Voters in the U.K. shocked the world last week when they voted to secede from the European Union. Investors around the globe reacted by sending share prices down nearly across the board – London’s FTSE 100 index plunged -5.6% to 5982.20 on the news, with the Dow Jones Industrial Average falling -4.9% to 17,122.85, NASDAQ down -6.3% to 4,600.92 and the S&P 500 off by -6.2% at 2,000.31.
But the negative reaction to the news may be overdone. Yes, Britain leaving the E.U. would be a potentially disastrous blow to the world’s largest trading bloc, which links 28 nations, but there are a few reasons to hope that it might not even come to pass, according to the BBC:
- The referendum is not legally binding.
Voters in Great Britain approved the so-called “Brexit” by a narrow margin, 52% to 48%. But the vote was a non-binding referendum, meaning the British Parliament must still pass the laws that would actually force an exit and then ratify those results. With nearly every member of Parliament opposed to an exit, there’s a good chance that either the House of Lords or the Commons could vote to scuttle the move before it even sets sail.
- Even if it goes into effect, there are 2 years of negotiations in store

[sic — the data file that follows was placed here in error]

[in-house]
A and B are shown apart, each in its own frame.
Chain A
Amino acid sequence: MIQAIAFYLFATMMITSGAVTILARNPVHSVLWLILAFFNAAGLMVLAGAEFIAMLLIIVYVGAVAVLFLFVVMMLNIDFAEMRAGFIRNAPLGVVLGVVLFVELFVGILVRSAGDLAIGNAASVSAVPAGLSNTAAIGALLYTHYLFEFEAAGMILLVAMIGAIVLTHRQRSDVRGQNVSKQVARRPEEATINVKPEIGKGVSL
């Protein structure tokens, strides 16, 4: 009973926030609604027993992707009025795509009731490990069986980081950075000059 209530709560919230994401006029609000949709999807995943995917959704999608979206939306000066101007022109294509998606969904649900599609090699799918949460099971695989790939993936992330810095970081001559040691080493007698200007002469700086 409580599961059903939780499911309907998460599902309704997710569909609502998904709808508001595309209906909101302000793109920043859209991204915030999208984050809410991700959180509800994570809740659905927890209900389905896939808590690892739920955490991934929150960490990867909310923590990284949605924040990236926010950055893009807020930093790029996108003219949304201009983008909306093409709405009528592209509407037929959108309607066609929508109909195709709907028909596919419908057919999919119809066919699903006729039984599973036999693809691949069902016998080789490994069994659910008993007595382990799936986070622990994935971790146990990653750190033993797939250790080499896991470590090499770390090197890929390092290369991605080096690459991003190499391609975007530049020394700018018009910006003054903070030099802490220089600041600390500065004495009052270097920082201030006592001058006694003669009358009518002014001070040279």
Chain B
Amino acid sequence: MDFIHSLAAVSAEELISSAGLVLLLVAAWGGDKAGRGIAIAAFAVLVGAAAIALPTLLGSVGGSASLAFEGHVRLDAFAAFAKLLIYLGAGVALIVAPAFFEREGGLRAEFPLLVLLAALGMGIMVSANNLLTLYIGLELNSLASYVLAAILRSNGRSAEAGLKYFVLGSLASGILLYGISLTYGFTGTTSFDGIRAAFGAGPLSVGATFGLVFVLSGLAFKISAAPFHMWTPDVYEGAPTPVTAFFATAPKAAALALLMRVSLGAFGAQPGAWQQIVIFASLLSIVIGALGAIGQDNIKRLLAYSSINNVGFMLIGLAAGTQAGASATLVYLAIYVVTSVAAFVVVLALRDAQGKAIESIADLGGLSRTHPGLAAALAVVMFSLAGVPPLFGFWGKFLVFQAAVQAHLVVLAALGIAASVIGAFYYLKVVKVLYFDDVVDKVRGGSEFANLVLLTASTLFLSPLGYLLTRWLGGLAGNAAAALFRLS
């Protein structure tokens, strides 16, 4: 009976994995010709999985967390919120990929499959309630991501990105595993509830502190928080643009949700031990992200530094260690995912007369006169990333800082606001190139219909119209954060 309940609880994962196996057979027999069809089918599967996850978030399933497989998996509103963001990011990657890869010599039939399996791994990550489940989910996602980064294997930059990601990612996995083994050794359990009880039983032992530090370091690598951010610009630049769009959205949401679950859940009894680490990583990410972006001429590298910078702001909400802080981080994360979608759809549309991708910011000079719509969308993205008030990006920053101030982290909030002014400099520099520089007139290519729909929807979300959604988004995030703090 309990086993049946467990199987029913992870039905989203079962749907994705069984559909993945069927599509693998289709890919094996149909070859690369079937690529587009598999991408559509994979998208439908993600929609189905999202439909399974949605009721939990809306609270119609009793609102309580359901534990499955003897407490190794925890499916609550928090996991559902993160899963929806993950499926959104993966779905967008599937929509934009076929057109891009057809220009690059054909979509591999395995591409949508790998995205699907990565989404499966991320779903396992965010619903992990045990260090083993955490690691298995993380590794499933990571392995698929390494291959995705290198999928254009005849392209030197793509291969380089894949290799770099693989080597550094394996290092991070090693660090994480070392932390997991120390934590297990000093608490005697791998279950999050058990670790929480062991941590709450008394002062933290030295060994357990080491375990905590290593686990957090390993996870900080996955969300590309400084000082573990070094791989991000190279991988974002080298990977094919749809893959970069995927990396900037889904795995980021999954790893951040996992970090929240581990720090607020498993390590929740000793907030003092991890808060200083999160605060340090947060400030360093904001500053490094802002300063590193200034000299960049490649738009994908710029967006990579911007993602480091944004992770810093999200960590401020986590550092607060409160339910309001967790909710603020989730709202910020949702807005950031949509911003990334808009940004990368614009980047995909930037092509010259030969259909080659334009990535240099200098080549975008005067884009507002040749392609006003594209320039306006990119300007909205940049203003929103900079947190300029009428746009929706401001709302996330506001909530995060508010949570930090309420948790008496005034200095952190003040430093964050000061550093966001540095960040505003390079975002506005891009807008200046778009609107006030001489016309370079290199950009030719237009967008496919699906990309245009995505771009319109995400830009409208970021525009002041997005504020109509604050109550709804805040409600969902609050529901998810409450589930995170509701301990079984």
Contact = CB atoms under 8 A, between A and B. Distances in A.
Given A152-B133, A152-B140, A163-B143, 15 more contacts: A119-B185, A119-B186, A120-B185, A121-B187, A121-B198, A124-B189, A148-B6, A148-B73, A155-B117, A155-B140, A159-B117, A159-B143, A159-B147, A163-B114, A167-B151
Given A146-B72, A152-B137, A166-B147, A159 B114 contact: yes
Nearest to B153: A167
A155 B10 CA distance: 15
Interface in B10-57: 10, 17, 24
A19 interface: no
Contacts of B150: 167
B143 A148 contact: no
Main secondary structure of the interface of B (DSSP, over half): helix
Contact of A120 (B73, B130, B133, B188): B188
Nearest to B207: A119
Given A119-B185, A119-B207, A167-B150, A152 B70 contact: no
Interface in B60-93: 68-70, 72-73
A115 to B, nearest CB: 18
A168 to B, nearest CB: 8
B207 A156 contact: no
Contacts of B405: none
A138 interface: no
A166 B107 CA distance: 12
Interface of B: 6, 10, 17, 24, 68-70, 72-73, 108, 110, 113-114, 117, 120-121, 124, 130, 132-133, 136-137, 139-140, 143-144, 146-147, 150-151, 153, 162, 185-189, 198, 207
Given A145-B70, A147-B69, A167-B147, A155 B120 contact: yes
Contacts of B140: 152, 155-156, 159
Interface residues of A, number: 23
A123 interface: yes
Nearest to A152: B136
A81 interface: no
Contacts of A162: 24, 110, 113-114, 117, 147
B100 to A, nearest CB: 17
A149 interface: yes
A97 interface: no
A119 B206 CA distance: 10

In the event that a Brexit does occur, the U.K. would still have a 2-year window just to negotiate the terms of its withdrawal with the rest of the E.U. The timeline for an actual exit could be months or even years beyond that.
- The U.K. could still belong to a European single market
Great Britain could still belong to a single market in Europe, even after a Brexit, meaning it would retain the free movement of goods, services, money and people within the E.U. without merging its economy with the rest of Europe.
- The U.K. could still belong to a free trade zone.
Or the country could negotiate a common market, similar to the free trade area Britain was a member of before joining the E.U. in 1992.
- Scotland and Northern Ireland want to stay
The votes in Scotland and Northern Ireland were strongly anti-Brexit, with Caledonians voting 62% to 38% against and their Hibernian cousins voting 55.8% to 44.2% against. Another vote on Scotland’s independence is “highly likely,” according to Scotland’s 1st Minister Nicola Sturgeon. And now that the stark economic consequences have been laid bare to British voters, it’s possible that popular sentiment has shifted from leaving the E.U.
- Bonus round: A new general election could turn the tide
Upstart MPs could force a general election and campaign on the pledge to remain in the E.U. If that faction won the election, it could claim that the result invalidates the Brexit referendum. Two-thirds of MPs would have to vote for a general election to be held before the next scheduled one in 2020, according to the BBC.